Leading Architects to Discuss Yale Libraries at Symposium
Three of America’s foremost architects, all of whom have served as deans of the Yale School of Architecture, will participate in a symposium on the architecture and design of Yale libraries on November 30.
The event, which is free and open to the public, will take place at 1:30 p.m. in Levinson Auditorium of the Law School, 127 Wall St. The speakers are current dean Robert A.M. Stern and former Yale deans Cesar Pelli of the firm Pelli Clarke Pelli and Thomas H. Beeby of Hammond Beeby Rupert Ainge. Laura Cruickshank, Yale University Planner and a member of the American Institute of Architects, will moderate the symposium.
The deans will discuss Yale’s 22 libraries, which represent the spectrum of architectural design, theory and craftsmanship over the past 25 years, from the Collegiate Gothic of James Gamble Rogers’ Sterling Memorial Library to Gordon Bunshaft’s modern Beinecke Rare Book and Manuscript Library to the Arts and Crafts-influenced new Bass Library. Beeby was the lead architect of the latter.
Stern, who is also the J. M. Hoppin Professor of Architecture, is the founder and senior partner in the firm of Robert A. M. Stern of New York City. A fellow of the American Institute of Architects, he received the organization’s Medal of Honor in 1984 and its President’s Award in 2001 from the New York Chapter. Prior to becoming the Yale dean in 1998, he was a professor of architecture and director of the Preservation Program at the Graduate School of Architecture, Planning and Preservation at Columbia University. He served from 1984 to 1988 as the first director of Columbia’s Temple Hoyne Buell Center for the Study of American Architecture. In 2001, he lectured at Yale as the William Clyde DeVane Professor.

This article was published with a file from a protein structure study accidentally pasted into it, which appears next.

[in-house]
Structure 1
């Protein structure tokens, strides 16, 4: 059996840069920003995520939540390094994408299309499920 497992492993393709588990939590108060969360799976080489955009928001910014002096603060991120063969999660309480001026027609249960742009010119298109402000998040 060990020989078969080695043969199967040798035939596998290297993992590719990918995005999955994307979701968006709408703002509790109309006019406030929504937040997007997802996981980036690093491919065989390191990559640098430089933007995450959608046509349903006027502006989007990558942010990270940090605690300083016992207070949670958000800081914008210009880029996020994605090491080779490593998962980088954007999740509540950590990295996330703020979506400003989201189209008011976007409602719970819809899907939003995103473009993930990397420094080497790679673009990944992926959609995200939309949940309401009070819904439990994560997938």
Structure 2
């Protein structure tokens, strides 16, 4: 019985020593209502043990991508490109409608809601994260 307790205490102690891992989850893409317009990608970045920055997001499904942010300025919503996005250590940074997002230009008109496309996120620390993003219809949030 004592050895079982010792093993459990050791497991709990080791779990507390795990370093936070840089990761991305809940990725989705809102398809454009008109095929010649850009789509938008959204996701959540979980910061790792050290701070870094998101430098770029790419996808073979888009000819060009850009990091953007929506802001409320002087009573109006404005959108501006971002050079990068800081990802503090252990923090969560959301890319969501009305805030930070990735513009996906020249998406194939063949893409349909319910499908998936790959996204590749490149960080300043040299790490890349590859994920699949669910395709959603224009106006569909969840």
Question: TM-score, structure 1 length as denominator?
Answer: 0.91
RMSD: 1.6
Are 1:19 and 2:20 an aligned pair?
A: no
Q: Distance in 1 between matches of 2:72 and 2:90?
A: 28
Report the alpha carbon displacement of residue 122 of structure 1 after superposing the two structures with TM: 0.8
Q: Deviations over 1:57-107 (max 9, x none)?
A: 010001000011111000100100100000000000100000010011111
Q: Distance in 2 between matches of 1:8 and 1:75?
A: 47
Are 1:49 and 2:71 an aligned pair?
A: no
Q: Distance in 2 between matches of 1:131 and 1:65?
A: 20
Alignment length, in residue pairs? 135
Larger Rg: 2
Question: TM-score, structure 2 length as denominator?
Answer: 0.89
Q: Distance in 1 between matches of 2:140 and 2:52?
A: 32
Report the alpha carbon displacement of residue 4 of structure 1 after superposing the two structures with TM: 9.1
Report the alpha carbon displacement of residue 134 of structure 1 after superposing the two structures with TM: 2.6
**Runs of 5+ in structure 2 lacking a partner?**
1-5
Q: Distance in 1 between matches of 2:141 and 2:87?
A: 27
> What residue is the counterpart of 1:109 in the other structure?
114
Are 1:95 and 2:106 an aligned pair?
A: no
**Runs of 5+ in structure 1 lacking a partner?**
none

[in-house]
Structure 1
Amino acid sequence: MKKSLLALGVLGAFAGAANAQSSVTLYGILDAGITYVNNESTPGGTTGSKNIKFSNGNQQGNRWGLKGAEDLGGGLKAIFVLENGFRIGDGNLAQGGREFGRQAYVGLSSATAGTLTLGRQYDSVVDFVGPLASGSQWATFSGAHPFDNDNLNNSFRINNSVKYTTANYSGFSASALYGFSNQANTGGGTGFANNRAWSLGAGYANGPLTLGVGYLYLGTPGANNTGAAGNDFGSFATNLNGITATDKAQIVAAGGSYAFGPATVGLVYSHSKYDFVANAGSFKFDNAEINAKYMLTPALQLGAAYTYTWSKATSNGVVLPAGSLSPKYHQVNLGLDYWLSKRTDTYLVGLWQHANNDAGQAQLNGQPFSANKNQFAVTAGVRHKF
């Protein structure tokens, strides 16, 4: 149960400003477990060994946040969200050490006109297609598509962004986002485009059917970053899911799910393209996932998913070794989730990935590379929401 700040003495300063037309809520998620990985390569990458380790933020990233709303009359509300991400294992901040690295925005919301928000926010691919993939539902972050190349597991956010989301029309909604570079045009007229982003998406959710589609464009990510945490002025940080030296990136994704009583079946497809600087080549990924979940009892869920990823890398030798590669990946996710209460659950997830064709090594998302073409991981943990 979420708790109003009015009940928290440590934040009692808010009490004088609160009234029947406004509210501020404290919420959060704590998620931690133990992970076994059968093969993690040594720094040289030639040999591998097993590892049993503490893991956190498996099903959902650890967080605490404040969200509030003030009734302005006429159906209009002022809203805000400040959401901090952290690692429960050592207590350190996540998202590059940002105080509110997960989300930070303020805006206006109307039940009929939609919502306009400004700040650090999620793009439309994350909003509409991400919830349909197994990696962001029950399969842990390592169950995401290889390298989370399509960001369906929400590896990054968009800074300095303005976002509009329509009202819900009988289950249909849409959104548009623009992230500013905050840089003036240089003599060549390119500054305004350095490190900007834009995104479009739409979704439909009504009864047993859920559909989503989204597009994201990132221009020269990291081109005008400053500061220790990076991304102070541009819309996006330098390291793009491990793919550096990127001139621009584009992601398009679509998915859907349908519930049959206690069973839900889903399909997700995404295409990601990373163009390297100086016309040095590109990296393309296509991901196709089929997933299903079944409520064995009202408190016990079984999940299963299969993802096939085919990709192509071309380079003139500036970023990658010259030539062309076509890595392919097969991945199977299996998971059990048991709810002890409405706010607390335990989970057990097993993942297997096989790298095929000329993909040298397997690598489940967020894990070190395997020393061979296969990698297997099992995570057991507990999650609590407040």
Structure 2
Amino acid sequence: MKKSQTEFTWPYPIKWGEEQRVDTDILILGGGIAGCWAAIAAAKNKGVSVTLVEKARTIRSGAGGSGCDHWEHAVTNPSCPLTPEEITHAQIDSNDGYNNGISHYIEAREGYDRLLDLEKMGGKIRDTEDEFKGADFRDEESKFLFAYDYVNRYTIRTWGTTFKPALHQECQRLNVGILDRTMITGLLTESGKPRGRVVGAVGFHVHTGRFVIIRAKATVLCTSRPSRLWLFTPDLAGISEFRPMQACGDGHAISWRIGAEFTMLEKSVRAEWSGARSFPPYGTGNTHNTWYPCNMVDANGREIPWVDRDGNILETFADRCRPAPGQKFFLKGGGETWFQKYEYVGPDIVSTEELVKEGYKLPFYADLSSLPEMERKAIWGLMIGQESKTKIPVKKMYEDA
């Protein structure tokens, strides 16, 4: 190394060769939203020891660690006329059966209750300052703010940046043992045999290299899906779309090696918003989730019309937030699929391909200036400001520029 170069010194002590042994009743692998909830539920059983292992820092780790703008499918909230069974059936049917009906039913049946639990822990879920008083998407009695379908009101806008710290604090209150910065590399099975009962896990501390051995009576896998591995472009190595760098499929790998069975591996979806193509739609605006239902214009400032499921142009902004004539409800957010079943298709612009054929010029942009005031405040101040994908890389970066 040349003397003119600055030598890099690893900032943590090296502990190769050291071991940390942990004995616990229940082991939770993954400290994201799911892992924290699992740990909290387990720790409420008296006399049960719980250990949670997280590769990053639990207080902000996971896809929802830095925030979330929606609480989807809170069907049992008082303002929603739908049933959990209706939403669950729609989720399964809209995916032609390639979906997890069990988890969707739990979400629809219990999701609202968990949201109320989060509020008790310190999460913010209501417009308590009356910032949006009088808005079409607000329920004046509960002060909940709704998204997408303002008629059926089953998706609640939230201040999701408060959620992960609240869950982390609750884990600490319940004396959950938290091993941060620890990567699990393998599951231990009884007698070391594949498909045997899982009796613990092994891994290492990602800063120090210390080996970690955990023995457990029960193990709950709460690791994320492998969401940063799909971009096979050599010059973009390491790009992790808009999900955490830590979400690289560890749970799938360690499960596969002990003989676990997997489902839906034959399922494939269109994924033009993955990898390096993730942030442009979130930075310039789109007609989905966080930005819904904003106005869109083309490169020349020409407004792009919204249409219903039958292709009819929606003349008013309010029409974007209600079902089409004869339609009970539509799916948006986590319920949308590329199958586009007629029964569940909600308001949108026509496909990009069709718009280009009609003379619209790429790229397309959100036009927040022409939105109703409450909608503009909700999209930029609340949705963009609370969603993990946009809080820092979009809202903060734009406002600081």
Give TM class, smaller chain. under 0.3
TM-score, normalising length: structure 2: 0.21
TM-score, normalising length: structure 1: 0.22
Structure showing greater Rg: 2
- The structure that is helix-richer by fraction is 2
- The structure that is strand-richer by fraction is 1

Beeby served as dean of the School of Architecture from 1985 to 1991 and continues to be an adjunct professor of architecture there. He was director of the School of Architecture at the Illinois Institute of Technology from 1978 to 1980. He has lectured widely at national and international conferences and has been a lecturer or jury critic at numerous American universities.
Pelli, who was born in Argentina, became dean of the School of Architecture in 1977 and established his private firm in New Haven that same year. In 1991, the American Institute of Architects selected Pelli as one of the 10 most influential living American architects, and in 1995 it awarded him its Gold Medal. Pelli has received over 100 awards for design excellence, including a Connecticut State Arts Award.